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Effect of pre- and post-UV disinfection conditions on photoreactivation of fecal coliforms in wastewater effluents

Effect of pre- and post-UV disinfection conditions on photoreactivation of fecal coliforms in wastewater effluents

Water Research 44(9): 2885-2893

Photoreactivation of microorganisms following UV disinfection can represent a disadvantage to using UV technology for wastewater treatment since recovery may, in some cases, reach several logs. Thus, decreasing photoreactivation can lead to considerable savings in capital and operating costs. Objectives of this study were to determine pre- and post-UV irradiation conditions which could decrease fecal coliform (FC) photoreactivation in wastewater effluents. Results indicated that delaying exposure to photoreactivating light for 3 h suppressed photoreactivation after relatively low UV doses of 10 and 20 mJ/cm(2). Moreover, at least 440 lux (0.065 mW/cm(2)) of visible light was needed to initiate photoreactivation. Additionally, photoreactivation decreased significantly when samples were exposed to visible light simultaneously or prior to UV irradiation. This was more significantly observed for winter samples, where photoreactivation decreased by nearly 50%. Finally, summer FC populations were more sensitive to inactivation and less able to photoreactivate than winter populations. The effect of visible light on photoreactivation levels may be explained by several photo-mechanisms of FC photolyase, such as photodecomposition of the MTHF co-factor and reduction of FAD.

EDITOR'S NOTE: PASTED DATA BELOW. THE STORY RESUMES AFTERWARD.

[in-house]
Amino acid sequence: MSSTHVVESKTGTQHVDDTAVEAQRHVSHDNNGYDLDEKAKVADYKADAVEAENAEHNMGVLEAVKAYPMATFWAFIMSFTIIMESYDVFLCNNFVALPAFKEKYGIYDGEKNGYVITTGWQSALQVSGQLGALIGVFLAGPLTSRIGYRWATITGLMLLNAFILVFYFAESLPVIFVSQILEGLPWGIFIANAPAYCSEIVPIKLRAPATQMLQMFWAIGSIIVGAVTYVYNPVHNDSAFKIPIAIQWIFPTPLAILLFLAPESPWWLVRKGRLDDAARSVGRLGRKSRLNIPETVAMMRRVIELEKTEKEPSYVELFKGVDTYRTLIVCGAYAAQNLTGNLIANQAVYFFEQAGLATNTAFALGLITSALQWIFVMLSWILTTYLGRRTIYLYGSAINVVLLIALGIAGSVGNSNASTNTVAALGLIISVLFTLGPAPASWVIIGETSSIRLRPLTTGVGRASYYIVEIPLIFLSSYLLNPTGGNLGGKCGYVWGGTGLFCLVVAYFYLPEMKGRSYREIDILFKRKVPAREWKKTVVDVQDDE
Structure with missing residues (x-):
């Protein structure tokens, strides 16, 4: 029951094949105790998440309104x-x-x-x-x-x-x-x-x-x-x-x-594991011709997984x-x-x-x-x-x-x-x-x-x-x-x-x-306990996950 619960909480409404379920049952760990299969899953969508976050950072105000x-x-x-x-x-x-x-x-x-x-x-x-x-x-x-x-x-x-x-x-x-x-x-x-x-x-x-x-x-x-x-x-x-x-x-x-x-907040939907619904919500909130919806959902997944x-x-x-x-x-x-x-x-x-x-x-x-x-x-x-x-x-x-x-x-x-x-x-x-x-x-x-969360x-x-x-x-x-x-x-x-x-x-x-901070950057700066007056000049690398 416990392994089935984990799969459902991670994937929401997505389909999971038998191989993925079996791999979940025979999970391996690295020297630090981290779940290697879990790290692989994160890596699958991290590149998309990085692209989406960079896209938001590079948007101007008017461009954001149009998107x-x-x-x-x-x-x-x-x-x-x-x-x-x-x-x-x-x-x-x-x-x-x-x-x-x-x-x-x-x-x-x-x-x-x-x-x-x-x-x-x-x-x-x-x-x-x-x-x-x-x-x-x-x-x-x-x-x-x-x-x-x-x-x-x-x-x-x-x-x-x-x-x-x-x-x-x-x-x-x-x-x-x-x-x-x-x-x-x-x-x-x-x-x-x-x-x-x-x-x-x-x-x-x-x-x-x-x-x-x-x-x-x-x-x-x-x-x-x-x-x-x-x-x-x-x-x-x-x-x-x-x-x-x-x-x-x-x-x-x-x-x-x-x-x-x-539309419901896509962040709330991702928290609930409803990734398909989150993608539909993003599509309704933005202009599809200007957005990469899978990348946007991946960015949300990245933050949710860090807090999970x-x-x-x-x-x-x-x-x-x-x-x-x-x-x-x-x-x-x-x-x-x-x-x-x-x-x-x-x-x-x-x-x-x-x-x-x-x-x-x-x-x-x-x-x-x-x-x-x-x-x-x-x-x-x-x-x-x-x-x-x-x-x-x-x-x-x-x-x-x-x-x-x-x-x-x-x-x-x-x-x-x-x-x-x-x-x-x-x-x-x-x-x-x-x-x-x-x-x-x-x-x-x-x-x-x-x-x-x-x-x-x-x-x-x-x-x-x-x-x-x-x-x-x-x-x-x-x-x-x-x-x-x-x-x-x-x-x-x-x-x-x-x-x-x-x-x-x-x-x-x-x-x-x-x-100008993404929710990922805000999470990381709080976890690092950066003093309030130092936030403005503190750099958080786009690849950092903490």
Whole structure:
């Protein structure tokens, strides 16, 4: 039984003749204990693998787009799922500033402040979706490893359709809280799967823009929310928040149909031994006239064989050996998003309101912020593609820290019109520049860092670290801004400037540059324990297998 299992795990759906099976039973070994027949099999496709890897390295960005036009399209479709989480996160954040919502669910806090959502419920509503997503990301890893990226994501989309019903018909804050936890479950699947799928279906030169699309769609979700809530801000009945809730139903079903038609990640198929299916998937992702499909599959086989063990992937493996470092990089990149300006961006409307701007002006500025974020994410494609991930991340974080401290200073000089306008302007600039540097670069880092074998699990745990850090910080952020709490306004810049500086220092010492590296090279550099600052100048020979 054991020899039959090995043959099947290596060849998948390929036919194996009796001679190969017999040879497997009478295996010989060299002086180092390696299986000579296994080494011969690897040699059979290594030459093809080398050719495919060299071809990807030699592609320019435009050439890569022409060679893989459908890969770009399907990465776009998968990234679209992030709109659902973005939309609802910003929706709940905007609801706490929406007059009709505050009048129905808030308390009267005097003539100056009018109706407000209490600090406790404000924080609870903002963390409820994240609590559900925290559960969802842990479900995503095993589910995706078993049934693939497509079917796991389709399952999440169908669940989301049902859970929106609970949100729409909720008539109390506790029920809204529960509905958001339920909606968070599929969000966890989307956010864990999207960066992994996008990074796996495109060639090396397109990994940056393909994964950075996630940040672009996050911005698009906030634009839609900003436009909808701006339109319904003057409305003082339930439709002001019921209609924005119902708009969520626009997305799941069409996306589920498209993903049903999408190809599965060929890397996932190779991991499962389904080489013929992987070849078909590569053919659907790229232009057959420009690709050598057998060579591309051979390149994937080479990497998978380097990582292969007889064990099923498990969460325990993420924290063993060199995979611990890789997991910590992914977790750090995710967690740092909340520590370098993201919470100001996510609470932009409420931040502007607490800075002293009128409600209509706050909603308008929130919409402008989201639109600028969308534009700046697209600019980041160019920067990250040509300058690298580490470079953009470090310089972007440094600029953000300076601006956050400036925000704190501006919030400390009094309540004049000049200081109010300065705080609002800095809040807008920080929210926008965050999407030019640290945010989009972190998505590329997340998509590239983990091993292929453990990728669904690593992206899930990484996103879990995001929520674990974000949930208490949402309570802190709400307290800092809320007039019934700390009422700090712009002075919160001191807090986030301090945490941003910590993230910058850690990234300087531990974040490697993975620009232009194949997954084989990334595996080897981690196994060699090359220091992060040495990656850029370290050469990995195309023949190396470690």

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Accession: 052823408

Download citation: RISBibTeXText

PMID: 20219230

DOI: 10.1016/j.watres.2010.02.003

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